supplies many a wealthy garden owner of the United States with strange and
L A o 'A' 'L www"
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exotic plants together with full instructions for the tender care needed to make
them flourish in foreign soil.
Mabel Stauffacher is sometimes able to supplv Therese with a new find, for
in her work of nature study with a camera she roams the wilderness of the world
-the more untamed the better-she also takes sound-movies of animal life. NW e
chanced to meet Mabel hiding in a bush on the Island of Tasmania waiting for a
kangaroo to pass by for the purpose of getting a close-up.
Anacortes is no longer a lumber mill town, but has become the most famous
resort of the west. The cream of society flocks to the large hotels and leaves in
a few months looking at least ten years younger, so that others hasten to discover
this "Fountain of Youth" and find it to be located in the Beebe Beauty Parlors
where Olive joy has become expert in not only erasing the ravages of time but
completely remodelling poorly constructed features by her marvelous plastic
In Spitsbergei where they were waiting for their submarine to he over-
hauled, we interviewed the famous "Glacier Nurses," Eleanor Pattee and Edith
Morris. If you have read the accounts of their hrst venture to the North Pole
you will note that in their eagerness to serve science they seem to have lost all
regard for the luxuries they once thought indispensible. Eleanor now seems to
regard sleep as a necessary evil!!! As for Edith Morris, her beloved chemistry
has completely replaced her love of beautiful clothes and warm comfort. Now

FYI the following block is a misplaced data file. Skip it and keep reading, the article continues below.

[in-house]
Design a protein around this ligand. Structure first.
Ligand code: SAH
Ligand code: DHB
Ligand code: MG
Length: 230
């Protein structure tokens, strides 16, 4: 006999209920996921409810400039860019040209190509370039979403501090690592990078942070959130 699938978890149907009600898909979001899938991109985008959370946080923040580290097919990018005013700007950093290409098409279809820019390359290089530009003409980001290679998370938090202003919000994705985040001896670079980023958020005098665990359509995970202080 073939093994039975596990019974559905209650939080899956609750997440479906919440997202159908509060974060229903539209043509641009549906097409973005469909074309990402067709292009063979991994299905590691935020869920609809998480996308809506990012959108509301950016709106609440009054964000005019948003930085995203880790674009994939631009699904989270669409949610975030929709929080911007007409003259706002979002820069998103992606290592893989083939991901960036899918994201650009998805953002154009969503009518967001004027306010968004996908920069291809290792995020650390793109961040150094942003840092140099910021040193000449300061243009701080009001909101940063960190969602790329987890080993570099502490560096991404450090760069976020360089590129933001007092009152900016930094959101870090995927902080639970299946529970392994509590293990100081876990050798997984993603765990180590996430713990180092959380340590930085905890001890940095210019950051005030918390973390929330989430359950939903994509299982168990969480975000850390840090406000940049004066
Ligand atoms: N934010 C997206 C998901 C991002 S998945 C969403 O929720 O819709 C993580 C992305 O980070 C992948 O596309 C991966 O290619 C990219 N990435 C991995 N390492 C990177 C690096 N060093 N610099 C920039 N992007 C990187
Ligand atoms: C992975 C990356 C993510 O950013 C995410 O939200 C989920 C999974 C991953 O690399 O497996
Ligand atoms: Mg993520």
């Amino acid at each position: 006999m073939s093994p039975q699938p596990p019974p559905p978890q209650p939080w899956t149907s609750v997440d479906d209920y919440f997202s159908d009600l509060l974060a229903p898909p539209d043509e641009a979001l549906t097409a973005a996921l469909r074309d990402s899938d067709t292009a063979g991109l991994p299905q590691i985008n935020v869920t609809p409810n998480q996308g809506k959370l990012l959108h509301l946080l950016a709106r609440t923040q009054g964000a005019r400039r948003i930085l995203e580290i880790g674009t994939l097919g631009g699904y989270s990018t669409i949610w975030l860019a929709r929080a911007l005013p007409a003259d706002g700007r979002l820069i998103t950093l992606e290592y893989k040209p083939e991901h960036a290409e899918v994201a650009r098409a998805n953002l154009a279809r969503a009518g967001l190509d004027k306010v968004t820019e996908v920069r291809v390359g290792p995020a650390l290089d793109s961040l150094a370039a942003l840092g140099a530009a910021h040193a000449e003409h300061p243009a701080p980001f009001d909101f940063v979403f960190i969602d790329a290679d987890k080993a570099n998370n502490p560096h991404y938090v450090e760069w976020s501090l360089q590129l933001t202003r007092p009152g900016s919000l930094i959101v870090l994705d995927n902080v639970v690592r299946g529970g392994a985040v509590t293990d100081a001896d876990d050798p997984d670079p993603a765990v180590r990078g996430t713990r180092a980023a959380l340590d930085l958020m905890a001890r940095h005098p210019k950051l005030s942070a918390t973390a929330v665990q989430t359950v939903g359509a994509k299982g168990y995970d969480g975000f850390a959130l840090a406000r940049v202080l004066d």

when she can spare a few minutes from her chemical analysis of sea-life she loves
to take an hourls swim in the icy waters to freshen her mental faculties.
Glance over our shoulders as we read in the f'Daily News" of Strawberry
Miss Elsie Jensen, world famed globe trotter, pleased a large audience at the
Civic Auditorium here last night with descriptions of past travels. Though having
OFFICE HOSPITAL I
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visited many countries, her most enthusiastic descriptions were of Seattle, Wash-
ington, and vicinity. Since hearing her talk the majority are convinced that the
Northwest coast must indeed be the ideal climate in which to spend the winter
ldfilda Von Helms, we take off our hats to you as do the Mayo Brothers, who
have actually chosen you, a hen-medic, as their protege in Pediatrics to carry on
their work and maintain their high reputation after they must relinquish their
places at the top of the profession.
Marion Armstrong you will find still at Firland, where in her capacity of
Night Superintendent, she has obliterated the "night duty bugbear" for the other
nurses-so sweetly does her radiant personality illumine the night.
I am afraid it will be a shock to you, as it certainly was to us, to discover
Hilda Fisher, that model of meekness and shy reserve, in the role of Matron at
Sing Sing. Wie were amazed to behold her disciplining the hard desperate char-
acters and keeping the most unruly in order. Necessity has certainly disclosed
a Hilda we didn't dream existed, although she became her old sweet self while we
We had come to Wfenatchee to visit the prize apple orchard of the west. As
We strolled through the orchards watching the pickers, two apples were dropqped
on our heads and a laughing face peeped through the branches above. VVho should
l'e descending the ladder with her basket of apples but Barbara Sturgis herself-
disguisecl slightly by a large sun lzonnet and a new name. It turned out that she
and her husband owned the orchard and were as proud of their aipples as they
were of their three charming children whom we found in the orchard making
Last winter we decided to see some of the beauties and absorb some of the
sunshine at the beach in Miami, Florida. From other tourists we learned of the
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OFFICE HOSPITAL II